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Failure of the Dream

I was reading an article by Amrit Desai wherein he discussed optimal disillusionment. A few paragraphs really caught my eye:

We tend to believe that love ends when dreams are demolished. In reality, the shattering of dreams is the opportunity for the emergence of true love. . . in these situations, what is perceived to be the failure of the relationship is, in reality, the failure of the dream . . those who are committed to spiritual growth are determined to use the failure of the dream as an opportunity to enter into an authentic relationship. 

We all let each other down. Institutions and organizations, like people, can disappoint. Ideally, we get let down softly, gently. This is what psychologists call "optimal disillusionment." It's a gradual process. Not as painful as say "ripping off a band-aid," or some huge, shocking revelation.

I like this idea. Burn down the dream so you can build on reality. Since reality is the truth, why would you want to build your mansion on anything else?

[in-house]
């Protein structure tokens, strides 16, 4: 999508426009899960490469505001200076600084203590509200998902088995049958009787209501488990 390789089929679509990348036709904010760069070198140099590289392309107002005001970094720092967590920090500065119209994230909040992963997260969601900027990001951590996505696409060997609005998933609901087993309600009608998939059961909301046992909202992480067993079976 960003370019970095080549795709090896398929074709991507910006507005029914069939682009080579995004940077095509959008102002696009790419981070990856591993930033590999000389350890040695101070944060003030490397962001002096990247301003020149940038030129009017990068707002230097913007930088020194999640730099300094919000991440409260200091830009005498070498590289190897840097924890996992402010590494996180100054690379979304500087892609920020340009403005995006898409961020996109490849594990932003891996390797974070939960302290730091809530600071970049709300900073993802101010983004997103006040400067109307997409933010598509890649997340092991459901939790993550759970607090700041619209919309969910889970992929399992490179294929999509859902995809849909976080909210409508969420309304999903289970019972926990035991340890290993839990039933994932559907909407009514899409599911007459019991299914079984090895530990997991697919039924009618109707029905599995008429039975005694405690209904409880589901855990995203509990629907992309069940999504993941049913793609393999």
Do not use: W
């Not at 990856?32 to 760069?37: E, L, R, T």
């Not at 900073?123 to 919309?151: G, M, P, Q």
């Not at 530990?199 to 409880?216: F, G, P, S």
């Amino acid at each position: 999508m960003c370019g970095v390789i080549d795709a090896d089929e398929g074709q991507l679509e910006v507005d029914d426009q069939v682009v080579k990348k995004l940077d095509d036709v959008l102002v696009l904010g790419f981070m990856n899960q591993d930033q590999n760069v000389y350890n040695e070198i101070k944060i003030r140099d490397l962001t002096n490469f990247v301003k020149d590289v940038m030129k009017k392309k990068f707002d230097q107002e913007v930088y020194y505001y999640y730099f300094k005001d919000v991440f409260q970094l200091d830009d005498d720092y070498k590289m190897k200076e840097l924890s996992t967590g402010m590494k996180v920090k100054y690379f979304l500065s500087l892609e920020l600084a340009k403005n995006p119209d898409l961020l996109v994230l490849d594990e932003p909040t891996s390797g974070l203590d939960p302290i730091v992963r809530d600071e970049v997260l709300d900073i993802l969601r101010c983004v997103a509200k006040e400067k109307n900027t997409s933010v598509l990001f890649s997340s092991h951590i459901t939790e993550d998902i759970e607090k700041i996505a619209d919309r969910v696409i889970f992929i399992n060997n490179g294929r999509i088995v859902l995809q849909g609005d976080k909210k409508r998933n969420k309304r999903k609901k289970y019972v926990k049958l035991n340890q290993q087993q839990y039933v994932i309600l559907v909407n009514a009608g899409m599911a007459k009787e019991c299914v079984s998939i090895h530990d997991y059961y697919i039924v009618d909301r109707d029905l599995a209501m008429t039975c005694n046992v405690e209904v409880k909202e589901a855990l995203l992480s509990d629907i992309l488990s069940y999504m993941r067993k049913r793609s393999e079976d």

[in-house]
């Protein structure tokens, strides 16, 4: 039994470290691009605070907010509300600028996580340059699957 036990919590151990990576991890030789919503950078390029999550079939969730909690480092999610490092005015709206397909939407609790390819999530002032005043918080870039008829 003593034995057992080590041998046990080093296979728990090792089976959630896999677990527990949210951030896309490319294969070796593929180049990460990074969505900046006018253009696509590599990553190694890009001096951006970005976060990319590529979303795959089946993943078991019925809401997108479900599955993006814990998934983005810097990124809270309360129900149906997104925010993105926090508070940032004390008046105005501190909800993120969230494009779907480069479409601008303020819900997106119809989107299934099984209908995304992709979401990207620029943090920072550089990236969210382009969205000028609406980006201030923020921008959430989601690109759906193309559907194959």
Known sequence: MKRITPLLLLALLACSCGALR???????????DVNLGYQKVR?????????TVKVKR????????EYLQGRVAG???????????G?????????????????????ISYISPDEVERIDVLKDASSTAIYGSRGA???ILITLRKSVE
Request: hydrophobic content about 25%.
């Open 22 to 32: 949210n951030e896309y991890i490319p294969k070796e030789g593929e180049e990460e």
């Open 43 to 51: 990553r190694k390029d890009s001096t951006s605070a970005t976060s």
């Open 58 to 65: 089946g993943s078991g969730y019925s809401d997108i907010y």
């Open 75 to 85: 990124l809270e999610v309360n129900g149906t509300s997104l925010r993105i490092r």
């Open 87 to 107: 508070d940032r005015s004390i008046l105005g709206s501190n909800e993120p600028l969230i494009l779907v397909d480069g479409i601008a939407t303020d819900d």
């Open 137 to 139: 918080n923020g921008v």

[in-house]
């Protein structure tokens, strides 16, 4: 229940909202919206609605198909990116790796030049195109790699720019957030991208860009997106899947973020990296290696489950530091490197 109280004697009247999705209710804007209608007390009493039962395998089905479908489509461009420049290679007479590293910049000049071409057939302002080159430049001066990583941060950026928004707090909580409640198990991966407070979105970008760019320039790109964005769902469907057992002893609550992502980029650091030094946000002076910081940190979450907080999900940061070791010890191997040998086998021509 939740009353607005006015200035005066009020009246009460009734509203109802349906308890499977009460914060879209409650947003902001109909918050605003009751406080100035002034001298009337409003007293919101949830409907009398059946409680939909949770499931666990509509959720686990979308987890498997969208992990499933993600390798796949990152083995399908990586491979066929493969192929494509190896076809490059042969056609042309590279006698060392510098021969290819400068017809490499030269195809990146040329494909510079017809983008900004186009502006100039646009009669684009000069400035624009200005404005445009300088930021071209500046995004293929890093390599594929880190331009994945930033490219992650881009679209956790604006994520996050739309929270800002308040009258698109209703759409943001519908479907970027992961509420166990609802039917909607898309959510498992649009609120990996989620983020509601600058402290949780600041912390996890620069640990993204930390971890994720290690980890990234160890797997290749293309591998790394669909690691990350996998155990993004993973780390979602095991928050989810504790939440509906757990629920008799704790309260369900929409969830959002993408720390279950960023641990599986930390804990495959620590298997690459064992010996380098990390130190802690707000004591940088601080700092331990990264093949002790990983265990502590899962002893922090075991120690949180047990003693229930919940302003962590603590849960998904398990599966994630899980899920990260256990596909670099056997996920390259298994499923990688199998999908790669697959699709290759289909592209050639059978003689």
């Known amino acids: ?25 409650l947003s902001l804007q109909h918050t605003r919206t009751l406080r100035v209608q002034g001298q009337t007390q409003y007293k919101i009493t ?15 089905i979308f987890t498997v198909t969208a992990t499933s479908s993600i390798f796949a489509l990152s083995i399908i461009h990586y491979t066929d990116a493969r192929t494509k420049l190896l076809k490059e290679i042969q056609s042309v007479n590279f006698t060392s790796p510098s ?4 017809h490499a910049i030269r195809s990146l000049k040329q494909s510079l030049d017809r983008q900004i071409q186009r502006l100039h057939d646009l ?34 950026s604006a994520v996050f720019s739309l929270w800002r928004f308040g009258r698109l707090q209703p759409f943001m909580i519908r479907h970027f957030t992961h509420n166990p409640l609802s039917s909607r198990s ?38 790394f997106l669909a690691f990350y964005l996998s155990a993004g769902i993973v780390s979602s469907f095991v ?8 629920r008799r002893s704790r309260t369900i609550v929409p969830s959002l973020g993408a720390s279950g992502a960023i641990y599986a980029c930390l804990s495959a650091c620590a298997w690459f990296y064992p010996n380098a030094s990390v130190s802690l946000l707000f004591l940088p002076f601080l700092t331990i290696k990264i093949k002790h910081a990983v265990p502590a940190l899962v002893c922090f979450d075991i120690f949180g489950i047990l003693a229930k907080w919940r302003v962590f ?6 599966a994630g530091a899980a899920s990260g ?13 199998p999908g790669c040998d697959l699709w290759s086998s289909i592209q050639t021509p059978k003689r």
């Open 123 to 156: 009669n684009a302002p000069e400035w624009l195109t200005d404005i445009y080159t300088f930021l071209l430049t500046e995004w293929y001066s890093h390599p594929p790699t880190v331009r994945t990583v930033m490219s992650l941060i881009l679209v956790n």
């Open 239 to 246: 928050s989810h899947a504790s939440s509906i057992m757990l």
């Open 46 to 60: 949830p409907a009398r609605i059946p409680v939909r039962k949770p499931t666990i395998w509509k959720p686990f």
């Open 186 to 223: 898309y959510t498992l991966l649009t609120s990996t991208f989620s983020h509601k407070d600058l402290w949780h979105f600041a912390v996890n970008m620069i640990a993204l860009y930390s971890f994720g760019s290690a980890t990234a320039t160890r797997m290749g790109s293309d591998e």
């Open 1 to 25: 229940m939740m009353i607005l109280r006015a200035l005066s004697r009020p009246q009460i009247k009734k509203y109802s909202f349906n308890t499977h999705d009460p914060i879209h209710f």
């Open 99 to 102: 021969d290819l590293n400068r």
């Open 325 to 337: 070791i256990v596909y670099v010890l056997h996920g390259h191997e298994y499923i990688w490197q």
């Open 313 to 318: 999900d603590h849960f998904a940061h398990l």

I think of my many relationships where the failure of the dream was devastating. In fact, I can say my first marriage is a case in point. The failure of the dream led to the demolishment of our marriage. Love did seem to end. I can now see, in hindsight, how an authentic relationship could have emerged out of the ashes of our dreams.

I'm grateful I could carry these lessons into my new relationships. Relationships don't die. Dreams do. So expect disillusionment for any time you get intimate--truly up close and personal--with anyone or anything--people or organizations--you are going to get close enough to see the imperfections. The dreams will die, but remember the failure of the dream will lead to deeper, more meaningful relationships and experiences.

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